Why Nigerians Should Embrace Lobbying

Why Nigerians Should Embrace Lobbying

In a country where there are individuals with competing interests, it is outrageous to expect the government to satisfy all demands of the citizens. What A wants might be different from what B needs, and then C might need the demands of both A and B to be provided in equal proportion. This scenario might not prove challenging to the government if there are means of satisfying all the needs. However, in a situation where resources are limited, only the demands of one group will be met. In this case, the group that will be satisfied is the one that can move the hands of the government. That will be the one that understands the art of lobbying.

What is Lobbying?

According to Cambridge Dictionary, lobbying is “the activity of trying to persuade someone in authority, usually an elected member of a government, to support laws or rules that give your organization or industry an advantage.” This definition shows that lobbying is not limited to influencing the government but also to other persons, who have the authority of making changes that will be of benefit to the lobbyists. Furthermore, Investopedia states that “lobby” refers to, “a group of people who band together and try to influence people in public office and politicians.” It also defined the term as an act, which is performed to “influence government officials to act in a way that is beneficial to the lobby or an industry’s best interests, either through favourable legislation or by blocking unfavourable measures.” Hence, when a person or a group of persons (say, an association) tries to influence the decision of the government or people in authority concerning a matter of interest, they are said to engage in lobbying.

Importance of Lobbying

As implied earlier, it is difficult for any government to satisfy conflicting demands of citizens, especially when resources to do so are unavailable or limited. For instance, if beans farmers desire to export a large percentage of their produce, which will earn foreign exchange for the country as well as make the farmers richer, local beans traders may stand against it because it will affect their own business. Of course these two groups have conflicting interests, none of which are completely detrimental to the country, so to say. It is left for the “wise” group to move the hands of the government into setting up policies in their favour. Of course, the government might not set up policy that will suit a small number of persons. But if several groups pool themselves together (say, beans farmers, maize farmers, yam farmers, and other crop farmers) to form a formidable lobbying team with shared interests, they have greater chances of being favoured. This is why it is necessary for the skill of lobbying to be mastered and utilised by every Nigerian.

Furthermore, lobbying brings the needs of people to the attention of the government. Of course, there are other ways of calling the government’s attention to the challenges faced by citizens, but lobbying makes the presentation subtle and forceful at the same time. This is not to say that once a matter is presented, it will be attended to immediately and the winners go home with the trophy. Nevertheless, so long as lobbyists continue to pressure their contacts, positive results will emerge some day.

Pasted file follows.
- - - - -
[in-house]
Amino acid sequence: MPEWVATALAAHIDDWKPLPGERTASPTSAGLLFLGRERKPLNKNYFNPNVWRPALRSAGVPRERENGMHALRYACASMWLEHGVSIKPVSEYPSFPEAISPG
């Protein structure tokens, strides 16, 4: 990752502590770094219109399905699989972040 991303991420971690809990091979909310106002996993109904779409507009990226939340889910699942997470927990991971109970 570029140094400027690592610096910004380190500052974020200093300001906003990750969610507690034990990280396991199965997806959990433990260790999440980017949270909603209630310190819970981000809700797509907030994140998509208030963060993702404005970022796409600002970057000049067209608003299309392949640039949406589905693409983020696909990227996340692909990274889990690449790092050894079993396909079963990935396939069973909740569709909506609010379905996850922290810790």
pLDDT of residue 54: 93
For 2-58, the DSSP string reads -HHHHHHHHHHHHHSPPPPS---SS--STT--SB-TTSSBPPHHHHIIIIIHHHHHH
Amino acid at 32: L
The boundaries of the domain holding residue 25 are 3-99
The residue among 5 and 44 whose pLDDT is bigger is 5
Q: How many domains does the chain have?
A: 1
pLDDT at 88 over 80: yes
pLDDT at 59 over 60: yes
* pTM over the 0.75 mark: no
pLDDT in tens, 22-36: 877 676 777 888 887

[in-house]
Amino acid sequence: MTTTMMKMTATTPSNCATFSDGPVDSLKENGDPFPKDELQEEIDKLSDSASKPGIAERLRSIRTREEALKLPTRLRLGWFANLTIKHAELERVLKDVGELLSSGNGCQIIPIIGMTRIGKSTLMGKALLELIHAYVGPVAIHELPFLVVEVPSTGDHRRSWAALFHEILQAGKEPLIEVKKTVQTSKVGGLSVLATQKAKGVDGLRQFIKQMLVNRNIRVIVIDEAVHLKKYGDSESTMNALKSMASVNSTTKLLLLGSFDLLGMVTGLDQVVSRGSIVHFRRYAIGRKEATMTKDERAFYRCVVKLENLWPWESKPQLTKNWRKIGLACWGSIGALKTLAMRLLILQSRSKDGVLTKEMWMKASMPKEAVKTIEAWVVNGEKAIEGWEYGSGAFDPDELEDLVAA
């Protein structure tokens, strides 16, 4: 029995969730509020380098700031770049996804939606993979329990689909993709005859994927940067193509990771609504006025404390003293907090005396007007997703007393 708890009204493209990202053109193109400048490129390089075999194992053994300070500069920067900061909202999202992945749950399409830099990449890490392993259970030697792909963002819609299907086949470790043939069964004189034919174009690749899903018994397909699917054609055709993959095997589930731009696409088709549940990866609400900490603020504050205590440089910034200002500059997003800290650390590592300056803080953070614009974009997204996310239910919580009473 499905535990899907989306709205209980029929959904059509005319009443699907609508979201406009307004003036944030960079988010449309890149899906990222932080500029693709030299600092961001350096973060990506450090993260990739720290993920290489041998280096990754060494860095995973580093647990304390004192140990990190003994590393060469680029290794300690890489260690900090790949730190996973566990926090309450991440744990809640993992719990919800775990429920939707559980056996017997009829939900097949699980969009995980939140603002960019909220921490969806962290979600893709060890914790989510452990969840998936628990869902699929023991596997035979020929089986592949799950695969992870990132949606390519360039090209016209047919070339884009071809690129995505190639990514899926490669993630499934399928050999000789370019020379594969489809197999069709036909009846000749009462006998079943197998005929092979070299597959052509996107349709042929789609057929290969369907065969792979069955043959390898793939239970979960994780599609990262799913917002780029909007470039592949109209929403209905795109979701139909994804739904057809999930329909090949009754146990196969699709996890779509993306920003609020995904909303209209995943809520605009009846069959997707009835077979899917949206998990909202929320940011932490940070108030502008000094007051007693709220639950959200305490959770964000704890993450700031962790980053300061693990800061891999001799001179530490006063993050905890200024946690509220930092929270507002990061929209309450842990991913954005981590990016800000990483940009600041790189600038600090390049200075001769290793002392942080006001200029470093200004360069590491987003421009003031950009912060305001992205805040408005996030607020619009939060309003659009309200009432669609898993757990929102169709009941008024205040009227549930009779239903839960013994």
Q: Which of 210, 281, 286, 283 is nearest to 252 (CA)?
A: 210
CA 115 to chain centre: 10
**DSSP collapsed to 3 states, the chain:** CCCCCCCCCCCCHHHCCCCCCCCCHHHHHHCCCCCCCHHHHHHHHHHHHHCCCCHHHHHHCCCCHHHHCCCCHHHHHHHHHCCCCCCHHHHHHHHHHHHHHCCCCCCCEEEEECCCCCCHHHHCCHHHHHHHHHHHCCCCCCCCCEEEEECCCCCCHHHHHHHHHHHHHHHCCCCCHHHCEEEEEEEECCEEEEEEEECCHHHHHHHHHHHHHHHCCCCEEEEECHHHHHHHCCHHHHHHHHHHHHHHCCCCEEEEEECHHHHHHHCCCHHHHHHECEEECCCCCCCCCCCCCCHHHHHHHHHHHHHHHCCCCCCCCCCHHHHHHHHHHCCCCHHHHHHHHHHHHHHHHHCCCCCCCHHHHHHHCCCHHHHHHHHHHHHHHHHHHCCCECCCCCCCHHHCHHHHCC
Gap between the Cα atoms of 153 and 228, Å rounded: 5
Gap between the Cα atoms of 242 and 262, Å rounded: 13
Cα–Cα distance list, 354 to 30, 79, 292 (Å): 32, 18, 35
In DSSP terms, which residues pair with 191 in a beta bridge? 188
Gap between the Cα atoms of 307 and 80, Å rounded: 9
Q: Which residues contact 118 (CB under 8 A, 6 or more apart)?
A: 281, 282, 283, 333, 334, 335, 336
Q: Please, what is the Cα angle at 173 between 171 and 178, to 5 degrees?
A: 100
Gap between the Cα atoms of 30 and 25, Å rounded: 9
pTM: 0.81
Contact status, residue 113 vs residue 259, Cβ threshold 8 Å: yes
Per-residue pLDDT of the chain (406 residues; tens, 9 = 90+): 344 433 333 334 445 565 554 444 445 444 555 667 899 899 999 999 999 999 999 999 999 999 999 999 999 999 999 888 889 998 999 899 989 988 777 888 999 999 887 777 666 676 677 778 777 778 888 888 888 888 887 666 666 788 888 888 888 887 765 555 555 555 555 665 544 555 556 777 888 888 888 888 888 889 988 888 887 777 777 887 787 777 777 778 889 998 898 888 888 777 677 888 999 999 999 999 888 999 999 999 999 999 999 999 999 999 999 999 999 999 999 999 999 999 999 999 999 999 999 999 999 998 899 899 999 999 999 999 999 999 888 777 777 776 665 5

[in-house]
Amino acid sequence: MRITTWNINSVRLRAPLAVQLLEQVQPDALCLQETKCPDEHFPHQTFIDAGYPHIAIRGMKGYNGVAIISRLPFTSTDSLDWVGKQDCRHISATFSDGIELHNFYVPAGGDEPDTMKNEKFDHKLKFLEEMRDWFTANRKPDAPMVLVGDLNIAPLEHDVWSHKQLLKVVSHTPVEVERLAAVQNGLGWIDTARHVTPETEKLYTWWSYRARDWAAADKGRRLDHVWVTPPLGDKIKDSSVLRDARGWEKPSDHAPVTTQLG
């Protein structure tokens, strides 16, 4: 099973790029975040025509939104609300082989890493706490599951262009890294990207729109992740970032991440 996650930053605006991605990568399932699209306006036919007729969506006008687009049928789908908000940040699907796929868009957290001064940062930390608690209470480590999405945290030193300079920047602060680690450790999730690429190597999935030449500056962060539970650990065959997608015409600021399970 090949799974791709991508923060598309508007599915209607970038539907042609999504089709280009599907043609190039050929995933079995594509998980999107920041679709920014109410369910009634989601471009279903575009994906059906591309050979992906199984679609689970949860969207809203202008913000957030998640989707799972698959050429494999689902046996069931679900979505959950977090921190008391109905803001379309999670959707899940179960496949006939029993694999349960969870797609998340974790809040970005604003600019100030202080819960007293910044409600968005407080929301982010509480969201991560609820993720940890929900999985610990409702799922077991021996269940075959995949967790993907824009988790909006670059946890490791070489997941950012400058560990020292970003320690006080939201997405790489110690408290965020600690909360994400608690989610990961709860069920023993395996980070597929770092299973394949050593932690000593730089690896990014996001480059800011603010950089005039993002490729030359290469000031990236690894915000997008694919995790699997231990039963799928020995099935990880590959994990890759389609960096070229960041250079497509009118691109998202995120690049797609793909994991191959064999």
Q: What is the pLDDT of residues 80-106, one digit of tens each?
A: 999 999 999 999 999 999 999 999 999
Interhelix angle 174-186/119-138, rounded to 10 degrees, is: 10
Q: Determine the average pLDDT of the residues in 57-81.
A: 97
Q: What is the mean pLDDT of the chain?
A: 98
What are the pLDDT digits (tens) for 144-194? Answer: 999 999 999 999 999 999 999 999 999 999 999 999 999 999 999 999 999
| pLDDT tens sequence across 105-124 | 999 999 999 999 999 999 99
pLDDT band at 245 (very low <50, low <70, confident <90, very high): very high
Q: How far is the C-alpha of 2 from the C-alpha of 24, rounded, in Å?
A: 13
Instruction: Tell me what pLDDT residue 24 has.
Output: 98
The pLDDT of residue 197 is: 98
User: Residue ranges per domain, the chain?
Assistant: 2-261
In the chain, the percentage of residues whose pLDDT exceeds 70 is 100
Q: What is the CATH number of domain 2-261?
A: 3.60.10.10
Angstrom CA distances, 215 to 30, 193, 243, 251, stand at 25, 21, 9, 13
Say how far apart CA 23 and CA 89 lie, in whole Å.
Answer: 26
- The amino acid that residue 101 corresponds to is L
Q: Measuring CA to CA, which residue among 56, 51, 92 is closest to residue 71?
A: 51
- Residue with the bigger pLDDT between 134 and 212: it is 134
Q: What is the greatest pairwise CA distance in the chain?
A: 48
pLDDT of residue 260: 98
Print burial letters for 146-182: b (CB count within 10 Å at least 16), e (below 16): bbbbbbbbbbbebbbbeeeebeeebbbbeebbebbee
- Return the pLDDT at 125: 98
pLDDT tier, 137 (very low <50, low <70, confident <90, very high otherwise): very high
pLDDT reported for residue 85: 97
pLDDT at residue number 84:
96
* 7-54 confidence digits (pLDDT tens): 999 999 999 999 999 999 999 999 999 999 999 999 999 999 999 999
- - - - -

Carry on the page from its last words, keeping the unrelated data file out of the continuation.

Is Lobbying Legal in Nigeria?

In 2016, the Nigerian Senate entertained a bill that proposed legalising lobbying in Nigeria. This bill, titled “Bill for an Act for the Regulation and Registration of Lobbyists in Nigeria and for Other Matters Connected Therewith, 2016”, proposed that lobbying should become a profession in Nigeria. The bill suggested that lobbyists must register under the Corporate Affairs Commission and the Ministry of Justice before they practice their profession in the country. However, the bill did not pass its second reading since Nigerians, including the legislators, felt uncomfortable with it. To many, lobbying is the same as bribery. This is to say that, unlike countries such as the United States, where lobbying is legalised by the Constitution, Nigeria has no law currently backing it.

Is Lobbying the Same as Bribery?

The truth is most Nigerians equate lobbying with bribery because they both seek changes that favour beneficiaries. However, while bribery involves presenting gifts to individuals for personal use, lobbying makes contributions that directly favour many people. For instance, if a bean farmer wants to be the sole exporter of beans, he may bribe a government official to achieve that goal. Note that this deal will favour only the beans farmer and the bribed official and it will become detrimental to other beans farmers that want to become exporters too. But if the move is to set up policies that will benefit a large number of people as well as improve the country’s economic and social development, it is not bribery but lobbying.

Why Should Nigeria Adopt Lobbying?

Nigeria is a multi-ethnic, multi-tribal, multi-lingual, multi-religious, and multicultural country. It is filled with individuals with conflicting interests. Each group of persons has unique needs and desires, which they all push for. However, it is impossible for the government to attend to all these needs at the same time. As a result, only those that are able to push their agenda properly will benefit.

In Nigeria today, there are a good number of associations and pressure groups but most of them prefer using activism to seek government’s attention. Some bias their members and the general public to seek sympathy and support. The end result is that the government treats them as nuisance instead of attending to their demands. But if lobbying becomes a tool used by many, roundtable conferences and talks will be the way out of many problems facing society today.

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